PERTH, Australia — The chief executive of Australia’s second biggest bank said Tuesday he plans to resign following accusations Westpac committed 23 million breaches of anti-money laundering and counterterrorism financing laws.
The financial crime regulator AUSTRAC is pursuing Westpac in the Federal Court for allegedly failing to report millions of international fund transfers including payments allegedly linked to child exploitation in Southeast Asia.
The bank’s CEO, Brian Hartzer, was given 12 months' notice and will still get his $2.7 million Australian dollar salary ($1.83 million). He will forfeit unvested bonuses and is ineligible for future bonuses.
He is the third top executive from the country’s four major banks to depart in the past 18 months amid the scandal-plagued Australian banking sector.
“As CEO, I accept that I am ultimately accountable for everything that happens at the bank," Hartzer said in a statement. "And it is clear that we have fallen well short of what the community expects of us, and we expect of ourselves.”
Hartzer will be replaced by Westpac’s current CFO, Peter King, as of December 2. King announced his retirement in September but will remain until a permanent replacement is appointed.
Amid the bloodletting, chairman Lindsay Maxsted announced he will bring forward his retirement to "the first half of 2020”, while long-standing director Ewen Crouch will not seek re-election.
"As was appropriate, we sought feedback from our stakeholders, including shareholders, and having done so it became clear that board and management changes were in the best interest of the bank," Maxsted said.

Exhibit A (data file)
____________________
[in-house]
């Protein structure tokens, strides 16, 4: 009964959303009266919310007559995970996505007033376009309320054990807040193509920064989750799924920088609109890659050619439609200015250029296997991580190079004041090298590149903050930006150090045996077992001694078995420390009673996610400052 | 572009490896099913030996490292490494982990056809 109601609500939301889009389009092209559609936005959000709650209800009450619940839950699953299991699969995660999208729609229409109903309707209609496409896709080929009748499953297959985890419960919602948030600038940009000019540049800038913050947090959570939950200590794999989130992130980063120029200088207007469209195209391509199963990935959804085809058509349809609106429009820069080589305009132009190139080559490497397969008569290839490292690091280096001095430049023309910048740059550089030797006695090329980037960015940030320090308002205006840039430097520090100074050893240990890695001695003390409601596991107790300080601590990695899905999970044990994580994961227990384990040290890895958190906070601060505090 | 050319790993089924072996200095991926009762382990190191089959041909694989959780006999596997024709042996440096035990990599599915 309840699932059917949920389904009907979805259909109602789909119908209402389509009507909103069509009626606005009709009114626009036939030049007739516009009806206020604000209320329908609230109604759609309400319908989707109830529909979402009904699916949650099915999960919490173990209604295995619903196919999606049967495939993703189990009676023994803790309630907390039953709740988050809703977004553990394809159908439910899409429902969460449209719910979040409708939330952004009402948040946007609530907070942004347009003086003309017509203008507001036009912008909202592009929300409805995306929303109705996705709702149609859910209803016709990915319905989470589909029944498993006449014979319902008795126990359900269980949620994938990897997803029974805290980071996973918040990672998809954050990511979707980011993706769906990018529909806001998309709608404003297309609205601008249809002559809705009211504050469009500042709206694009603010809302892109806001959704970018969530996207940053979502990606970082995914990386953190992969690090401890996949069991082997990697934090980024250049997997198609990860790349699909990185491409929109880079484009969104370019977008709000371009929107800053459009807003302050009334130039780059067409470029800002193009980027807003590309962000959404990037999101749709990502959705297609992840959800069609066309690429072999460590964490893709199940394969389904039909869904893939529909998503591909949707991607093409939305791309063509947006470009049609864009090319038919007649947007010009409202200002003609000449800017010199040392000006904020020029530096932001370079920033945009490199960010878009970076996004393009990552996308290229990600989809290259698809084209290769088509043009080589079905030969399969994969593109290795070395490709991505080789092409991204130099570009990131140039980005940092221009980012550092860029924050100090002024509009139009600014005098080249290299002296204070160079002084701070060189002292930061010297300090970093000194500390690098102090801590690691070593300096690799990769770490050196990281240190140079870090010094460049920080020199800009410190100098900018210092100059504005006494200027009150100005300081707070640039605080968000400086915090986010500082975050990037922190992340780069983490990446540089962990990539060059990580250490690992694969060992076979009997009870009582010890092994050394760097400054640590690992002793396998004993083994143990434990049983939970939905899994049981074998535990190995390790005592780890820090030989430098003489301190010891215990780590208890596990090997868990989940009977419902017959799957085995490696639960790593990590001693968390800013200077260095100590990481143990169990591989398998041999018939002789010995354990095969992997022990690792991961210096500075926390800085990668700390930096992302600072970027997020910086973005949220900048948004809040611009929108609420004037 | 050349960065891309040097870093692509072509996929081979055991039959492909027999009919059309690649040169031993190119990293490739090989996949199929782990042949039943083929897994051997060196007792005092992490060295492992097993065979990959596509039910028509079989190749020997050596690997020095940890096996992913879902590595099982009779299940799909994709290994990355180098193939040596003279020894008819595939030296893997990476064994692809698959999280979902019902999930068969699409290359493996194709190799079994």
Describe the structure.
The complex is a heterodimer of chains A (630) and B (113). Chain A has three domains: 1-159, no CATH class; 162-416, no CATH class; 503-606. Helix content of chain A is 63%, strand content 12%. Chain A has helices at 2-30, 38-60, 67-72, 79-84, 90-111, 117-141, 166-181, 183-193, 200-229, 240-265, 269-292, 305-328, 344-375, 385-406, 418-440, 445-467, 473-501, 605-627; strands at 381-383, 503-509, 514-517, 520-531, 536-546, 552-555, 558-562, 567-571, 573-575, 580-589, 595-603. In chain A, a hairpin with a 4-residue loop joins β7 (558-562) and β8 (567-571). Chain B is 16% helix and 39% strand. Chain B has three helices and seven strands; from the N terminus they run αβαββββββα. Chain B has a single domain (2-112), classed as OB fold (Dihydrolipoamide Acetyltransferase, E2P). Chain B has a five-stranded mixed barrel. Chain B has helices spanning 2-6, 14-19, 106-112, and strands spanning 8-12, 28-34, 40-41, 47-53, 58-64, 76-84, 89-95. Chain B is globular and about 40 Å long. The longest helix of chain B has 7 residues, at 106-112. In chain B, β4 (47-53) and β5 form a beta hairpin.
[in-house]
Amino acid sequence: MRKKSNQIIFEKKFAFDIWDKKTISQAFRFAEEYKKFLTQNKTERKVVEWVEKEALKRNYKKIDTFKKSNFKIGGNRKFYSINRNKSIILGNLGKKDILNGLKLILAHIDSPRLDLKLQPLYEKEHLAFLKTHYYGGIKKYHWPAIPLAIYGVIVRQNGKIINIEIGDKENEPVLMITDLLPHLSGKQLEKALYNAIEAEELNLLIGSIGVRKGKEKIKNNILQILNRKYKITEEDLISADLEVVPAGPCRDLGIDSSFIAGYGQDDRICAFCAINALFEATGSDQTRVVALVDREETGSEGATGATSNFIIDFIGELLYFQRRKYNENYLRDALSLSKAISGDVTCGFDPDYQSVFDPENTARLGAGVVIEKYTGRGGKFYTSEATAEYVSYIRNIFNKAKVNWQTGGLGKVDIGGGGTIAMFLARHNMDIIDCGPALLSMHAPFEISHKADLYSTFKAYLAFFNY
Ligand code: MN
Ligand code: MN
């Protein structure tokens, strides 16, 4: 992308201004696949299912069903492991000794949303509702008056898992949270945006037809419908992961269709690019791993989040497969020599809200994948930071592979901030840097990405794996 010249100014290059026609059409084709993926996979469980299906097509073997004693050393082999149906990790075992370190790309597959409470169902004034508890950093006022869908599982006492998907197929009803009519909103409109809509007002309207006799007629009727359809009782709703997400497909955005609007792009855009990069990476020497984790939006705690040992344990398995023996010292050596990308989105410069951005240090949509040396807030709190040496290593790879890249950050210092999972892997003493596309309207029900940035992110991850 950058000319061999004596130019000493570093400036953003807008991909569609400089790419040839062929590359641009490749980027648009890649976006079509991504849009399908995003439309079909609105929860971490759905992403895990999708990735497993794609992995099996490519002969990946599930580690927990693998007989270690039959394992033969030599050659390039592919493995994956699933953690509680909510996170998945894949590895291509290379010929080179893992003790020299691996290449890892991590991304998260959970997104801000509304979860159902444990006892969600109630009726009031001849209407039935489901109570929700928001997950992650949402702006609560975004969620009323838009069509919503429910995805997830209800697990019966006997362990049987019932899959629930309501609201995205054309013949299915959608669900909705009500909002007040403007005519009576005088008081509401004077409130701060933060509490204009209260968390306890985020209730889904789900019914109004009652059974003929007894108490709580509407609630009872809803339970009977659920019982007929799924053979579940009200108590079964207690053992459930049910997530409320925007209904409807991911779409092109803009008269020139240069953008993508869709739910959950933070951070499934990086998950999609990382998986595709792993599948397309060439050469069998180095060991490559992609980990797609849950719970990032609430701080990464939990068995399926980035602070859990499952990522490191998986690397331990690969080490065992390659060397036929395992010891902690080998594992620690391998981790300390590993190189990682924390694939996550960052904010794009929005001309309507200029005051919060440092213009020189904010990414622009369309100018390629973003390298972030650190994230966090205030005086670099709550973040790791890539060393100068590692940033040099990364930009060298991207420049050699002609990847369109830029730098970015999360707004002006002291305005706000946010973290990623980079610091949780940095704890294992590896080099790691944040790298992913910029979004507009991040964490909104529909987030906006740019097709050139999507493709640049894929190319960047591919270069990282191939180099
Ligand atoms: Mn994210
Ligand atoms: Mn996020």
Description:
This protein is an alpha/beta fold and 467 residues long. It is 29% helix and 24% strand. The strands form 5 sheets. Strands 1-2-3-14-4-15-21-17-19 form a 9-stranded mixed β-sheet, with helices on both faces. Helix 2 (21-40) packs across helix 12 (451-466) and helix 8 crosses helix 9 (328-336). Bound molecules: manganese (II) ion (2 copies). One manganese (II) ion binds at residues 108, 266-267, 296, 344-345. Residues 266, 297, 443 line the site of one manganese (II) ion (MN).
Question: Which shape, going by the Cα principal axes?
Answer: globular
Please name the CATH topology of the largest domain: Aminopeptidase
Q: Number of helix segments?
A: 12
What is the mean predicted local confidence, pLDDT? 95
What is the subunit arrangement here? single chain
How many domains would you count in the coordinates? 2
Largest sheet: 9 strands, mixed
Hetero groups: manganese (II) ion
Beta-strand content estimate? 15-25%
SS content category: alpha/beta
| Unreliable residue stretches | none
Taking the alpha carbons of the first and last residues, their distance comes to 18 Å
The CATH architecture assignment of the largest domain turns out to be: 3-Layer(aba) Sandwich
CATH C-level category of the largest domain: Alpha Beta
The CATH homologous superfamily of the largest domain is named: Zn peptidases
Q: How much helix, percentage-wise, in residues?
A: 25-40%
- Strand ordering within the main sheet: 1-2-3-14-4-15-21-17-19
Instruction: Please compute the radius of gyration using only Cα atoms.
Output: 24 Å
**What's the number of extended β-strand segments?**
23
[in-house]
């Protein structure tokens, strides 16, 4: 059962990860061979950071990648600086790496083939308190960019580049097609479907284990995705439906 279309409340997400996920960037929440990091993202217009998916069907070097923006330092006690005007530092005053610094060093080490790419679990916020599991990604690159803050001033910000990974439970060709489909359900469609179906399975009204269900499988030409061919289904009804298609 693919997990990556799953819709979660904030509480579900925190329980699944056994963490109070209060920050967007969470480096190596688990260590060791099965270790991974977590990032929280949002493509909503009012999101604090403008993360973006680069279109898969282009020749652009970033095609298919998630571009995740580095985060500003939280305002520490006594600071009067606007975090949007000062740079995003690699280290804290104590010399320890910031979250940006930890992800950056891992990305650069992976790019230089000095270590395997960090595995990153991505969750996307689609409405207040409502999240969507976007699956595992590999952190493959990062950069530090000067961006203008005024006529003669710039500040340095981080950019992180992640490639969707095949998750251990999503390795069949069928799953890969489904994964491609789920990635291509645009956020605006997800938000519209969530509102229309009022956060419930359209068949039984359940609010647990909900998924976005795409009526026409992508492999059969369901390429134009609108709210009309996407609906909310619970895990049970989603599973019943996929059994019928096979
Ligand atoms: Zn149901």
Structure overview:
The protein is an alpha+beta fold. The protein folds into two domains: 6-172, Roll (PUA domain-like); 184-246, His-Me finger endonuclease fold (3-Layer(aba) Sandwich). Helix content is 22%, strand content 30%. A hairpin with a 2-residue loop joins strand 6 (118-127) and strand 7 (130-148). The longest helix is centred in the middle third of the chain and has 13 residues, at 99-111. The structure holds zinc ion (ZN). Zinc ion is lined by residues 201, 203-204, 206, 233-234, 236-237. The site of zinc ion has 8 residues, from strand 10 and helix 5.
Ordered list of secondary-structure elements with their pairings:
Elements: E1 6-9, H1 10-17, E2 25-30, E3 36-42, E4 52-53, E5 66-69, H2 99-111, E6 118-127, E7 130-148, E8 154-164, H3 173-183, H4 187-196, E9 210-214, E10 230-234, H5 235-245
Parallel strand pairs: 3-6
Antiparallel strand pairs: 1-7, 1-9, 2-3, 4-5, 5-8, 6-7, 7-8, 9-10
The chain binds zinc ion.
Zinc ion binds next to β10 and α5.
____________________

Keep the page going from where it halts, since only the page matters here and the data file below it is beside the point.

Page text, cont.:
The bank is suspected of failing to report 19.5 million international fund transfers worth more than US $7 billion from November 2013 and September 2018.
The financial watchdog in its submission to the Federal Court noted that each of the breaches attracted a civil penalty “between 17 million-21 million Australian dollars.”
In theory, Westpac could face a fine up to 483 trillion Australian dollars (US $330 trillion).
Treasurer Josh Frydenberg said “there needed to be accountability”.
“The alleged breaches that have been leveled at Westpac are very serious, both in terms of the numbers of those alleged breaches, but also the nature of them,” he told reporters on Tuesday.
“I've had conversations with Westpac and those discussions were constructive,” he added.
Health minister Greg Hunt told reporters on Tuesday the leadership changes were “appropriate” and “necessary”.
"It follows the strongest, clearest comments from the prime minister and the treasurer about community expectations, and government expectations, in the face of what is a serious and profound breach,” he said.
Australia’s four biggest banks — ANZ, Commonwealth Bank, Westpac and National Australia Bank — were the targets earlier this year of a royal commission of inquiry which exposed rampant malpractice.
The Commonwealth Bank last year faced a theoretical maximum fine of 1 trillion Australian dollars after AUSTRAC found it had failed to report on 53,500 transactions. It negotiated a 700 million Australian dollar settlement.
The bank’s then chief executive Ian Narev had his retirement brought forward, while National Australia Bank chief executive Andrew Thorburn and chair Ken Henry departed in the aftermath of the royal commission.
Westpac has an annual general meeting scheduled for December 12.
The bank’s share prices were up more than 1 percent on Tuesday, having slumped 8 percent over the previous four trading days in the wake of the revelations.